Congratulations Mr. Storman!
We now know how the NYC Board of Education works to get rid of teachers "they" dont want: write TAC memos which'prove' an allegation (see my articles on the Teacher Performance Unit and the TPU, and "Investigating the Investigators")that may or may not be true. What is striking about the case of Mr. Storman is the fact that well-known "Gotcha Squad" OSI-former-police-detective Dennis Boyles is mentioned as changing his mind about what to charge Mr. Storman:
"An investigation by the Department of Education’s Office of Special Investigations ultimately substantiated the charges of corporal punishment. But in an apparent change of heart, the investigator who wrote that report, Dennis Boyles, testified during the appeal process that he did not believe Mr. Storman’s actions rose to the level of corporal punishment, according to the May 11 ruling."
See my article about Workplace Defamation Lawsuits and, if you see Mr. Condon or Mr. Boyles, give them the URL or a copy?
Congratulations also to New York State Supreme Court Judge Shirley Werner Kornreich for seeing that the investigators who accused Mr. Storman of corporal punishment after he waved a rolled up piece of paper in the air as "irrational"(read the entire decision below).
May 28, 2009
Teacher Resists a Charge of Corporal Punishment
By JAVIER C. HERNANDEZ, NY TIMES
When Glenn Storman, a guidance counselor at Public School 212 in Gravesend, Brooklyn, came across an unruly student cursing at a substitute teacher in 2004, he ordered the boy to “zip it” and brandished a rolled-up piece of paper, thinking that would be the last he heard of the encounter.
But five years later, Mr. Storman, 57, is embroiled in a legal dispute over allegations that he committed corporal punishment. A 27-year veteran of the school system, Mr. Storman denies hitting the student and is seeking to erase an unsatisfactory rating that a principal gave him. The Department of Education, however, has defended the rating, arguing that Mr. Storman did indeed touch the student, who was in the fifth grade.
The case shows the difficulties teachers can face in disputing the ratings they receive each year from principals. The ratings can determine whether they are eligible for lucrative teaching opportunities outside of the normal school year. The case also sheds light on the fine lines of interpretation surrounding the question of corporal punishment: Did Mr. Storman’s paper brush against the student? If so, was that intentional, and did it rise to the level of corporal punishment?
Teachers who receive unsatisfactory ratings are allowed to appeal to a court, and this month Acting Supreme Court Justice Shirley Werner Kornreich ruled in Mr. Storman’s favor, saying she did not find evidence of corporal punishment. The unsatisfactory rating, wrote the judge, (pictured at right) “shocks the conscience, was arbitrary, capricious and an abuse of discretion.”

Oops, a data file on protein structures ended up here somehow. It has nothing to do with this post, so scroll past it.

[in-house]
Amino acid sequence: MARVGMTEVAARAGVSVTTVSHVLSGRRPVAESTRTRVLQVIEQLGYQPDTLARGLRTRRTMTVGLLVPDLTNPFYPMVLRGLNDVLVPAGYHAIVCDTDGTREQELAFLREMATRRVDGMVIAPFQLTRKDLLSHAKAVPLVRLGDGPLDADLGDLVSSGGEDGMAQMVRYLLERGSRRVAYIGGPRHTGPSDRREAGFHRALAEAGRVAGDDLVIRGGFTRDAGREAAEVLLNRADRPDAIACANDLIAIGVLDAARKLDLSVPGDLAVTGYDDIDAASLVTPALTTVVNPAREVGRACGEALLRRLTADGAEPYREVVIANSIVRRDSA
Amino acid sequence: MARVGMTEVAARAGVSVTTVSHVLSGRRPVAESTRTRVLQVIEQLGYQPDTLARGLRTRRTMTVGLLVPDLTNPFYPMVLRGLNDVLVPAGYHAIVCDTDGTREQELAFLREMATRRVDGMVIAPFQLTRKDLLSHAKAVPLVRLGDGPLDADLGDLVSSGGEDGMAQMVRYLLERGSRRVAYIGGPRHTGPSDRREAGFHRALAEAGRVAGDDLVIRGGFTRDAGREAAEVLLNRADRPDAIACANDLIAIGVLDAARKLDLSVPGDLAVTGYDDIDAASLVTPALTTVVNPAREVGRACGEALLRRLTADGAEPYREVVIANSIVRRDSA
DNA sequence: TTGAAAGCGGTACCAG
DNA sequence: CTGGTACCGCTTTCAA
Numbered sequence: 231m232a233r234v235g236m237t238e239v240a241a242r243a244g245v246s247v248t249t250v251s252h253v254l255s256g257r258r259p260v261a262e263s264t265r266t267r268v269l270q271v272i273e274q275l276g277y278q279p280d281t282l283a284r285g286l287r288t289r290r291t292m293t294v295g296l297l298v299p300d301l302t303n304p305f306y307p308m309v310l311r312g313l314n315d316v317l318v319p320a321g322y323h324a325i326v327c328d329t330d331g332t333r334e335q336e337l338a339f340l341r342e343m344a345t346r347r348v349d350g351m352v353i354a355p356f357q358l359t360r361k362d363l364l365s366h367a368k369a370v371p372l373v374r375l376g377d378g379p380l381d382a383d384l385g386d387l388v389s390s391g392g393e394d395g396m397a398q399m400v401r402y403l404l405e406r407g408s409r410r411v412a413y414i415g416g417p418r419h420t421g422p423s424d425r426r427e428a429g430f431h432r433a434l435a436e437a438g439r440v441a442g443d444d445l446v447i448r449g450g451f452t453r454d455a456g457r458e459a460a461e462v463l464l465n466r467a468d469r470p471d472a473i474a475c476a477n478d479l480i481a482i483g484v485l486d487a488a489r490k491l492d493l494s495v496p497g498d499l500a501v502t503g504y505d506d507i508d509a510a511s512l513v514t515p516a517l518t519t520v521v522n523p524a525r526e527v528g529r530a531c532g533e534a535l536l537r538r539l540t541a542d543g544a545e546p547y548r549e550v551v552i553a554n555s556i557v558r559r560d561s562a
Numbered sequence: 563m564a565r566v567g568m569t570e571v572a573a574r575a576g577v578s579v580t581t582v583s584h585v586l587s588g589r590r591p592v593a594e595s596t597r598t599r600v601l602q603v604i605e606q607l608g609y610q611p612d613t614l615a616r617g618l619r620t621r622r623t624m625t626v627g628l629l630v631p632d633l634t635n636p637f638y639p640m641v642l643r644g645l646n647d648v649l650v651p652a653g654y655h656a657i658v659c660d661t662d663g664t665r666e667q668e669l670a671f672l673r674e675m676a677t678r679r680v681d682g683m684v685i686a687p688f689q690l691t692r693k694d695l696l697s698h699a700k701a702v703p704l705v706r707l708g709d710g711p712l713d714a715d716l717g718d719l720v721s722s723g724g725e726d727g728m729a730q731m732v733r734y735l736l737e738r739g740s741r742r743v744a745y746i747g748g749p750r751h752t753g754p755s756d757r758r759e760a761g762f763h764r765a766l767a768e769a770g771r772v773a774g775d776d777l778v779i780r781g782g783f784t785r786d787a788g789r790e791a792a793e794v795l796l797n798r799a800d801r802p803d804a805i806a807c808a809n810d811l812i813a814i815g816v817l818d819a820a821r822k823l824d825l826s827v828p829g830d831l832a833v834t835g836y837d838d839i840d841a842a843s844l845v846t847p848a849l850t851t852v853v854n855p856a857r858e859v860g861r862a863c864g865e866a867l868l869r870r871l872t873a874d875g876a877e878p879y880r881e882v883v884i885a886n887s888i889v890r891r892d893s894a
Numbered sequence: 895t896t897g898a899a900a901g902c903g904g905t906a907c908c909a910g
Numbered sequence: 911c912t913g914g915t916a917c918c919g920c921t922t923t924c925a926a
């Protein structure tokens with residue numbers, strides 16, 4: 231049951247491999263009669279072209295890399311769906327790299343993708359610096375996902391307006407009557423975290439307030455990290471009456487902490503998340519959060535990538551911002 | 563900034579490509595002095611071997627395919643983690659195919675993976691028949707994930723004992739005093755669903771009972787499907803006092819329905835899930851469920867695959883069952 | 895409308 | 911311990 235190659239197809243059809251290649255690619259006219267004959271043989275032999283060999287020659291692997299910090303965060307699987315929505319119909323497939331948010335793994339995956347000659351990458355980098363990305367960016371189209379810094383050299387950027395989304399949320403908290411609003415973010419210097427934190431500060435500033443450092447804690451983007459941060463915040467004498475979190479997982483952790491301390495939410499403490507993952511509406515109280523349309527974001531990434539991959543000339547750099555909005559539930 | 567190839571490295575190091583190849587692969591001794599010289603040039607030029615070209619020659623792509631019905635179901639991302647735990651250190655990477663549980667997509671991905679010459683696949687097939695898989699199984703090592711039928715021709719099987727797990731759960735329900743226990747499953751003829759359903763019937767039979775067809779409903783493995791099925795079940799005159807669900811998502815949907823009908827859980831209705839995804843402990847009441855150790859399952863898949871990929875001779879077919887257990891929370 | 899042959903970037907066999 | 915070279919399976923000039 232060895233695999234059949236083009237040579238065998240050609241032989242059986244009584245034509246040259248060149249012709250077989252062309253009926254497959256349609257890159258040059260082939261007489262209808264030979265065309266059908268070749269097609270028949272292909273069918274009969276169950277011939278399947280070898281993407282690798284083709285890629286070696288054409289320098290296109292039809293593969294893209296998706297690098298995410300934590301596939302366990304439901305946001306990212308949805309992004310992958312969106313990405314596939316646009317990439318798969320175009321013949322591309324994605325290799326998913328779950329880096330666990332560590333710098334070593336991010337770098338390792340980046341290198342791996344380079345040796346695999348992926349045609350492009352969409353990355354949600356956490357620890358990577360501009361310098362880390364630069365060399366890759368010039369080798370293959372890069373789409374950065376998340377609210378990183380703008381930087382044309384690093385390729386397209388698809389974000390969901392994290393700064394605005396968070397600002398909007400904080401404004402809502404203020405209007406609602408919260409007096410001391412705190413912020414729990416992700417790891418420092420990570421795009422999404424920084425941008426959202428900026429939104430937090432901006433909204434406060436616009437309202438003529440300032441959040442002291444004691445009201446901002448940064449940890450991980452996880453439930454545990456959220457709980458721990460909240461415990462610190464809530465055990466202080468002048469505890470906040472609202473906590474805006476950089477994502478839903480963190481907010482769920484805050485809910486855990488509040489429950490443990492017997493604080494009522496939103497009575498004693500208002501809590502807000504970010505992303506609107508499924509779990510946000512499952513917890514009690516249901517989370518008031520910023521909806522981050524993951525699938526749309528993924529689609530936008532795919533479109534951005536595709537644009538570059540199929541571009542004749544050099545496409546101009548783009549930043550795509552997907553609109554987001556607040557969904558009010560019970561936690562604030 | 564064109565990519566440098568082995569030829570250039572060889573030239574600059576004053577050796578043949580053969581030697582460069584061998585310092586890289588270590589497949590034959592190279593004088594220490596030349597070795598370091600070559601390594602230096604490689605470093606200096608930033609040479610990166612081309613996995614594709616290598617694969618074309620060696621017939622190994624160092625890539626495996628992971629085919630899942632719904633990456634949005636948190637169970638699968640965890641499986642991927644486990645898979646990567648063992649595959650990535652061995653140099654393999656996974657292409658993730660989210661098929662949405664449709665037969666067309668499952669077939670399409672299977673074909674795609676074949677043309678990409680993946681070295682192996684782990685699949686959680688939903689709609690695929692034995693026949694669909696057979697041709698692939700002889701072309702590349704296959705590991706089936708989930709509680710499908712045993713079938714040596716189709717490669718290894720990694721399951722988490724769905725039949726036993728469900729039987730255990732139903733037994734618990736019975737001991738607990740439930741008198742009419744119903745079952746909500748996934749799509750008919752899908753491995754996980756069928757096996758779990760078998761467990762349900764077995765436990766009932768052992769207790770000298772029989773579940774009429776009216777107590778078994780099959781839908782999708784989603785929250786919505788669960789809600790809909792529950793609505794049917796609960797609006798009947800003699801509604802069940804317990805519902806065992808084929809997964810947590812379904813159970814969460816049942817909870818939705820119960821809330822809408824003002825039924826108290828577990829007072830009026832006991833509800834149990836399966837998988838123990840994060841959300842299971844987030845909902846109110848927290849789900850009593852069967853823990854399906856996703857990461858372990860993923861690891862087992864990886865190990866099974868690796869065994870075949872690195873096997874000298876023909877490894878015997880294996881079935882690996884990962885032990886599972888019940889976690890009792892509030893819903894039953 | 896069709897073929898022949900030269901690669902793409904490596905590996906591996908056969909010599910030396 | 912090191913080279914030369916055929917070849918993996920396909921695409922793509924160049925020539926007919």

The Department of Education said last week that it was reviewing the decision and declined to comment further.
In October 2004, Mr. Storman entered a special education classroom at P.S. 212 after hearing a student yelling. When he stepped into the room, he saw the student on his knees on a chair cursing at the teacher. Holding the piece of paper in his hand, Mr. Storman recalled in an interview, he told the student to be quiet. The student moved forward as he reprimanded him, but Mr. Storman said he did not remember coming into contact with him.
Mr. Storman said he would not have hit the student because he had experience with special education students and did not believe force was the best way of resolving disputes.
“I don’t need to do anything more than to look at them and say, ‘Listen, you know to stop right now,’ ” he said.
Mr. Storman said he had been carrying the rolled-up paper while walking down the hallway. In previous statements to school officials he said he “may have touched” the student’s mouth with the paper, according to the court ruling. He says now that he does not believe that was so.
The boy’s father complained to the school’s principal, who asked for an inquiry, and in 2005, Mr. Storman, who is still a guidance counselor at P.S. 212, received an unsatisfactory rating in his annual review. He appealed, but the Department of Education stood by its determination that he had committed corporal punishment.